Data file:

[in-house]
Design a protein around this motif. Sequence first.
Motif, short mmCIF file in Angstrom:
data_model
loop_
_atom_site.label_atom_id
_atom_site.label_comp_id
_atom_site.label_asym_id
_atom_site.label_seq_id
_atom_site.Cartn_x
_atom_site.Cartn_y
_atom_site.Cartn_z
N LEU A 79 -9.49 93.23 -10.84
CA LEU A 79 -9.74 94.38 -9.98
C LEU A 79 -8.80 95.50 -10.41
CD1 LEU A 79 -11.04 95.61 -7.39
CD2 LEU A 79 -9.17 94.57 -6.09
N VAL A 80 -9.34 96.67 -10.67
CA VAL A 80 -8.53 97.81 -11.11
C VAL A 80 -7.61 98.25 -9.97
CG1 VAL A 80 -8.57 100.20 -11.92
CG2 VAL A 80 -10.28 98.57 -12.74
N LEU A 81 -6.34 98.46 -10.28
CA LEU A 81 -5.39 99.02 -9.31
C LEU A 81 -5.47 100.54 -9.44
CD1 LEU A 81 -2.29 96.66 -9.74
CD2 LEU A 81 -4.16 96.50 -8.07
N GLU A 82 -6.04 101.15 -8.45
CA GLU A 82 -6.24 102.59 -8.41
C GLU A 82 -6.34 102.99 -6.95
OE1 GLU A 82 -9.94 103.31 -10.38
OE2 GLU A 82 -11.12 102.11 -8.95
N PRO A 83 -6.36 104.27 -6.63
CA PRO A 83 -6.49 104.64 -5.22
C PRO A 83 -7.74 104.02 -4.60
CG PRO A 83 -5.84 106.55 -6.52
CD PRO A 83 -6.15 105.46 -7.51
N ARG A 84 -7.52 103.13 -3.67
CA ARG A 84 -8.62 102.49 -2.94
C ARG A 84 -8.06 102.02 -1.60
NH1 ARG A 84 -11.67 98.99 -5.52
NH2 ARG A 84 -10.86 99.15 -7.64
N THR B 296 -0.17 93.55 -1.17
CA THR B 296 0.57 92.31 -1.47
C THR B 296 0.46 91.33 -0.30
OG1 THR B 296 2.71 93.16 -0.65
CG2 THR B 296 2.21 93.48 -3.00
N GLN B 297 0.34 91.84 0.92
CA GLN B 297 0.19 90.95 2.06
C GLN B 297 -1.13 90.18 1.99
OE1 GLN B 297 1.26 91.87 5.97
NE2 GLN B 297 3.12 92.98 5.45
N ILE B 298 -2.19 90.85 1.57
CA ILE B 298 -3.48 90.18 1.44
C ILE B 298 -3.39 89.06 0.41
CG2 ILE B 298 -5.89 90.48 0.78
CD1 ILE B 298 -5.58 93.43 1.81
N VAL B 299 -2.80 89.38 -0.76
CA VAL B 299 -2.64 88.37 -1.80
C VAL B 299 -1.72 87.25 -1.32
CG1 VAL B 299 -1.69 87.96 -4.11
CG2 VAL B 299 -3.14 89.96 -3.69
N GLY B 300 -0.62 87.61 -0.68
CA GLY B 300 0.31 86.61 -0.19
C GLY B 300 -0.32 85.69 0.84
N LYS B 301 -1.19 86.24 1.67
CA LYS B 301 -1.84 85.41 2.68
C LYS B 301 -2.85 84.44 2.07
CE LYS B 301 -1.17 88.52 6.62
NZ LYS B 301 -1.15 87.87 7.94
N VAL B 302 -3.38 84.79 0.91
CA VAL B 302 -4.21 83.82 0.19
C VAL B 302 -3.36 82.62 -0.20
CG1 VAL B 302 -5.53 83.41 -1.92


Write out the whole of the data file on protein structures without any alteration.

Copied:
[in-house]
Design a protein around this motif. Sequence first.
Motif, short mmCIF file in Angstrom:
data_model
loop_
_atom_site.label_atom_id
_atom_site.label_comp_id
_atom_site.label_asym_id
_atom_site.label_seq_id
_atom_site.Cartn_x
_atom_site.Cartn_y
_atom_site.Cartn_z
N LEU A 79 -9.49 93.23 -10.84
CA LEU A 79 -9.74 94.38 -9.98
C LEU A 79 -8.80 95.50 -10.41
CD1 LEU A 79 -11.04 95.61 -7.39
CD2 LEU A 79 -9.17 94.57 -6.09
N VAL A 80 -9.34 96.67 -10.67
CA VAL A 80 -8.53 97.81 -11.11
C VAL A 80 -7.61 98.25 -9.97
CG1 VAL A 80 -8.57 100.20 -11.92
CG2 VAL A 80 -10.28 98.57 -12.74
N LEU A 81 -6.34 98.46 -10.28
CA LEU A 81 -5.39 99.02 -9.31
C LEU A 81 -5.47 100.54 -9.44
CD1 LEU A 81 -2.29 96.66 -9.74
CD2 LEU A 81 -4.16 96.50 -8.07
N GLU A 82 -6.04 101.15 -8.45
CA GLU A 82 -6.24 102.59 -8.41
C GLU A 82 -6.34 102.99 -6.95
OE1 GLU A 82 -9.94 103.31 -10.38
OE2 GLU A 82 -11.12 102.11 -8.95
N PRO A 83 -6.36 104.27 -6.63
CA PRO A 83 -6.49 104.64 -5.22
C PRO A 83 -7.74 104.02 -4.60
CG PRO A 83 -5.84 106.55 -6.52
CD PRO A 83 -6.15 105.46 -7.51
N ARG A 84 -7.52 103.13 -3.67
CA ARG A 84 -8.62 102.49 -2.94
C ARG A 84 -8.06 102.02 -1.60
NH1 ARG A 84 -11.67 98.99 -5.52
NH2 ARG A 84 -10.86 99.15 -7.64
N THR B 296 -0.17 93.55 -1.17
CA THR B 296 0.57 92.31 -1.47
C THR B 296 0.46 91.33 -0.30
OG1 THR B 296 2.71 93.16 -0.65
CG2 THR B 296 2.21 93.48 -3.00
N GLN B 297 0.34 91.84 0.92
CA GLN B 297 0.19 90.95 2.06
C GLN B 297 -1.13 90.18 1.99
OE1 GLN B 297 1.26 91.87 5.97
NE2 GLN B 297 3.12 92.98 5.45
N ILE B 298 -2.19 90.85 1.57
CA ILE B 298 -3.48 90.18 1.44
C ILE B 298 -3.39 89.06 0.41
CG2 ILE B 298 -5.89 90.48 0.78
CD1 ILE B 298 -5.58 93.43 1.81
N VAL B 299 -2.80 89.38 -0.76
CA VAL B 299 -2.64 88.37 -1.80
C VAL B 299 -1.72 87.25 -1.32
CG1 VAL B 299 -1.69 87.96 -4.11
CG2 VAL B 299 -3.14 89.96 -3.69
N GLY B 300 -0.62 87.61 -0.68
CA GLY B 300 0.31 86.61 -0.19
C GLY B 300 -0.32 85.69 0.84
N LYS B 301 -1.19 86.24 1.67
CA LYS B 301 -1.84 85.41 2.68
C LYS B 301 -2.85 84.44 2.07
CE LYS B 301 -1.17 88.52 6.62
NZ LYS B 301 -1.15 87.87 7.94
N VAL B 302 -3.38 84.79 0.91
CA VAL B 302 -4.21 83.82 0.19
C VAL B 302 -3.36 82.62 -0.20
CG1 VAL B 302 -5.53 83.41 -1.92